• III. Pedagogies More publishing applications • Palm Education offers more than one hundred educational applications. Nearspace has released several campus life applications. (http:// www.nearspace.com/) • One can roll one's own, as well. For example, UMDuluth wrote applications for its Pocket PC pilot. • K-12 applications: Cooties, Geney
    • III. Pedagogies Multitasking • threats: distraction, wandering index/stimulus • generational issue • practice: shells down, machines open
    • III. Pedagogies Structural pressures • IT: support, pedagogy • Faculty: pedagogy, development, reward • Students: class participation • Library: information literacy, db access • Administration: planning
    • III. Pedagogies Social changes • Swarming: John Arquilla, David Ronfeldt Networks and Netwars: The Future of Terror, Crime, and Militancy (2001) • Smartmobs (Howard Rheingold, 2001)
    • III. Pedagogies Campus life • Informal learning • Social organization • Emergency alerts (voluntary) • That privacy issue
    • IV. Examples Mobile study journaling John Schott, Carleton College, 2006
    • IV. Examples Handhelds for classes • Stanford Medical classes • East Carolina University's Center for Wireless and Mobile Computing, medical school, OWLS • UM Duluth's handheld pilot • Western Carolina University - Wireless Palm (TLT report) • Pittsburgh Pebbles Project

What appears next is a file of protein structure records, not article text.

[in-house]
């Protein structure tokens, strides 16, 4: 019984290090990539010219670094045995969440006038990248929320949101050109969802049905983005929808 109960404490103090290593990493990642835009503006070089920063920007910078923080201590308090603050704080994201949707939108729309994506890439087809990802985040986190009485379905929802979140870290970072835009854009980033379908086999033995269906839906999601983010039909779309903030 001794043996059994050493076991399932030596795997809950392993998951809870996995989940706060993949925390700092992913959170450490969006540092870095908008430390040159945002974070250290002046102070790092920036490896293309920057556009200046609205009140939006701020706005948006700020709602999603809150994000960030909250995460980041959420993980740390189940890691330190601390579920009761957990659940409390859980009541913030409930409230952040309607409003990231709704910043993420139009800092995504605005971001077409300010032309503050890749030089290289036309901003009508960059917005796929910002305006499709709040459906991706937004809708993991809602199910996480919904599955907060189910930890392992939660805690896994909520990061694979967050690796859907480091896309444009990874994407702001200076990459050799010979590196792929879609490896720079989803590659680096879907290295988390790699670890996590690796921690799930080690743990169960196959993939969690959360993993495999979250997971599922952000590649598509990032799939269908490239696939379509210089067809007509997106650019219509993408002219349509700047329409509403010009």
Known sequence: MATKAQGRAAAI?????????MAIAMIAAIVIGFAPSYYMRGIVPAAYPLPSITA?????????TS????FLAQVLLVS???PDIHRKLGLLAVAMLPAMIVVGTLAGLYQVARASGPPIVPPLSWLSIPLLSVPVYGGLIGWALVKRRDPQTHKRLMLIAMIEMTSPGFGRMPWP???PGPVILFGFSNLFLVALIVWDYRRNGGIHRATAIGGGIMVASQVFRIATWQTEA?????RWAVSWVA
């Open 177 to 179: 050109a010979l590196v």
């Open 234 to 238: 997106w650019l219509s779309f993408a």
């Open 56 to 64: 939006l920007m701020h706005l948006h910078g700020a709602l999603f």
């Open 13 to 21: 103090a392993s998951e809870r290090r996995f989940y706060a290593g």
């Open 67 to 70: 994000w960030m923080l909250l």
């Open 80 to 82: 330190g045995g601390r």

• IV. Examples Handhelds out of class • Vrije Universiteit Amsterdam and Amsterdam Real Time: SPINlab's GIPSY project • St. Olaf's Japanese language Clie pilot • Jokkmokk 2004 (HUMlab) • Handhelds and libraries: University of Connecticut Medical Library, Virginia Commonwealth Libraries, British libraries.
    • IV. Examples • Campus clouds: American University's wireless campus, Carnegie Mellon's Wireless Andrew, Dartmouth's wireless campus, Seton Hall University ( http://www.wired.com/wired/archive/10.10/dartmouth.htm , http://www.wired.com/gadgets/wireless/news/2002/05/522 , http://www.cmu.edu/computing/wireless/) …or learning spaces, commons
    • IV. Examples Students researching • SUNY Cortland's nature research. • Tremont Consolidated's clam research with Palms ( http://www.wired.com/culture/education/news/2002/11/56102 ) Experience has shown that portable and wireless computing facilitates data collection, which has certain pedagogical implications. Students have greater facilities for gathering information from the field, thereby. Field researchers can be better integrated with classes (with each other, instructors, experts) through wireless communication…
    • IV. Examples Mobile phones and text Russian Bible class (Pravda 2004) And databases • bioinformatics on the run (BioWAP and WiGiD) (http://www.mobiquran.com)
    • IV. Examples iPaqs, University of Minnesota Duluth, 2002 • uses in class: notetaking, .ppt slides, exercises, polling, reference • uses outside of class: browsing, email, software – (http://www.d.umn.edu/itss/computing/ipaq/)
    • NITLE http://nitle.org Liberal Education Today http://b2e.nitle.org